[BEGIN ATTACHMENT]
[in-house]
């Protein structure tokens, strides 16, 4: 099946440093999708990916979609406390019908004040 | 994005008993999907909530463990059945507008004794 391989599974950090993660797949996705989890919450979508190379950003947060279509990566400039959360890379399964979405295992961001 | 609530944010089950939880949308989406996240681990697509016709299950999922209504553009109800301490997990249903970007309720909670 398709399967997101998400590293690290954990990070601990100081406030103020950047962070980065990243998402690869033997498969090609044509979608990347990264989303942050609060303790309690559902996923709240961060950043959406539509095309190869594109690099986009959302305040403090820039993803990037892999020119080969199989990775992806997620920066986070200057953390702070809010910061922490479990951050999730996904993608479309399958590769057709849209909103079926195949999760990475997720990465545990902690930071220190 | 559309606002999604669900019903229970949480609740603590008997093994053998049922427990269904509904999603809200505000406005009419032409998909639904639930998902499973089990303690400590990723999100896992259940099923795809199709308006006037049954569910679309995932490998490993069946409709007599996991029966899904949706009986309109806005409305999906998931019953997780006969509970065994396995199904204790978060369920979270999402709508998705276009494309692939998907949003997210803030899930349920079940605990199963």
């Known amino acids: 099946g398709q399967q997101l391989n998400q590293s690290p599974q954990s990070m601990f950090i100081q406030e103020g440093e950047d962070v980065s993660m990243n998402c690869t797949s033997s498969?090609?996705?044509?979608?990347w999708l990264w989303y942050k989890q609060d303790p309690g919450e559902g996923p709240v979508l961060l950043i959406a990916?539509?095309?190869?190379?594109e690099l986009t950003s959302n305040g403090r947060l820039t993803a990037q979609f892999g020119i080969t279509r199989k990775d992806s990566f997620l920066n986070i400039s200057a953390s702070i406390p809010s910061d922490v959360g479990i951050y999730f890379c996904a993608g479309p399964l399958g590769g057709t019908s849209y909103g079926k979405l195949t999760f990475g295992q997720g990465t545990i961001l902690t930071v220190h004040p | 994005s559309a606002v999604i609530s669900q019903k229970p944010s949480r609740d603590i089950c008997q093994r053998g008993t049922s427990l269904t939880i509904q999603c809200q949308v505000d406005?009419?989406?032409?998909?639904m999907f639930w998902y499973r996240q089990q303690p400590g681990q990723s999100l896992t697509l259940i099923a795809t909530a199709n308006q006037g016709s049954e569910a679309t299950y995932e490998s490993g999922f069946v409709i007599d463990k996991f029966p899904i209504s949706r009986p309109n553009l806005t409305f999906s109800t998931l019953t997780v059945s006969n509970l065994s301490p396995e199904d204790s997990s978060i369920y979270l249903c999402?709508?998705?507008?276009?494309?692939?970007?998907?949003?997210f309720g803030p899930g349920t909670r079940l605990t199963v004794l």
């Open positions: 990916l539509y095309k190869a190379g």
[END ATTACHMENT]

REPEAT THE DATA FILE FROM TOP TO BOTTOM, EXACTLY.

[in-house]
């Protein structure tokens, strides 16, 4: 099946440093999708990916979609406390019908004040 | 994005008993999907909530463990059945507008004794 391989599974950090993660797949996705989890919450979508190379950003947060279509990566400039959360890379399964979405295992961001 | 609530944010089950939880949308989406996240681990697509016709299950999922209504553009109800301490997990249903970007309720909670 398709399967997101998400590293690290954990990070601990100081406030103020950047962070980065990243998402690869033997498969090609044509979608990347990264989303942050609060303790309690559902996923709240961060950043959406539509095309190869594109690099986009959302305040403090820039993803990037892999020119080969199989990775992806997620920066986070200057953390702070809010910061922490479990951050999730996904993608479309399958590769057709849209909103079926195949999760990475997720990465545990902690930071220190 | 559309606002999604669900019903229970949480609740603590008997093994053998049922427990269904509904999603809200505000406005009419032409998909639904639930998902499973089990303690400590990723999100896992259940099923795809199709308006006037049954569910679309995932490998490993069946409709007599996991029966899904949706009986309109806005409305999906998931019953997780006969509970065994396995199904204790978060369920979270999402709508998705276009494309692939998907949003997210803030899930349920079940605990199963």
């Known amino acids: 099946g398709q399967q997101l391989n998400q590293s690290p599974q954990s990070m601990f950090i100081q406030e103020g440093e950047d962070v980065s993660m990243n998402c690869t797949s033997s498969?090609?996705?044509?979608?990347w999708l990264w989303y942050k989890q609060d303790p309690g919450e559902g996923p709240v979508l961060l950043i959406a990916?539509?095309?190869?190379?594109e690099l986009t950003s959302n305040g403090r947060l820039t993803a990037q979609f892999g020119i080969t279509r199989k990775d992806s990566f997620l920066n986070i400039s200057a953390s702070i406390p809010s910061d922490v959360g479990i951050y999730f890379c996904a993608g479309p399964l399958g590769g057709t019908s849209y909103g079926k979405l195949t999760f990475g295992q997720g990465t545990i961001l902690t930071v220190h004040p | 994005s559309a606002v999604i609530s669900q019903k229970p944010s949480r609740d603590i089950c008997q093994r053998g008993t049922s427990l269904t939880i509904q999603c809200q949308v505000d406005?009419?989406?032409?998909?639904m999907f639930w998902y499973r996240q089990q303690p400590g681990q990723s999100l896992t697509l259940i099923a795809t909530a199709n308006q006037g016709s049954e569910a679309t299950y995932e490998s490993g999922f069946v409709i007599d463990k996991f029966p899904i209504s949706r009986p309109n553009l806005t409305f999906s109800t998931l019953t997780v059945s006969n509970l065994s301490p396995e199904d204790s997990s978060i369920y979270l249903c999402?709508?998705?507008?276009?494309?692939?970007?998907?949003?997210f309720g803030p899930g349920t909670r079940l605990t199963v004794l």
């Open positions: 990916l539509y095309k190869a190379g």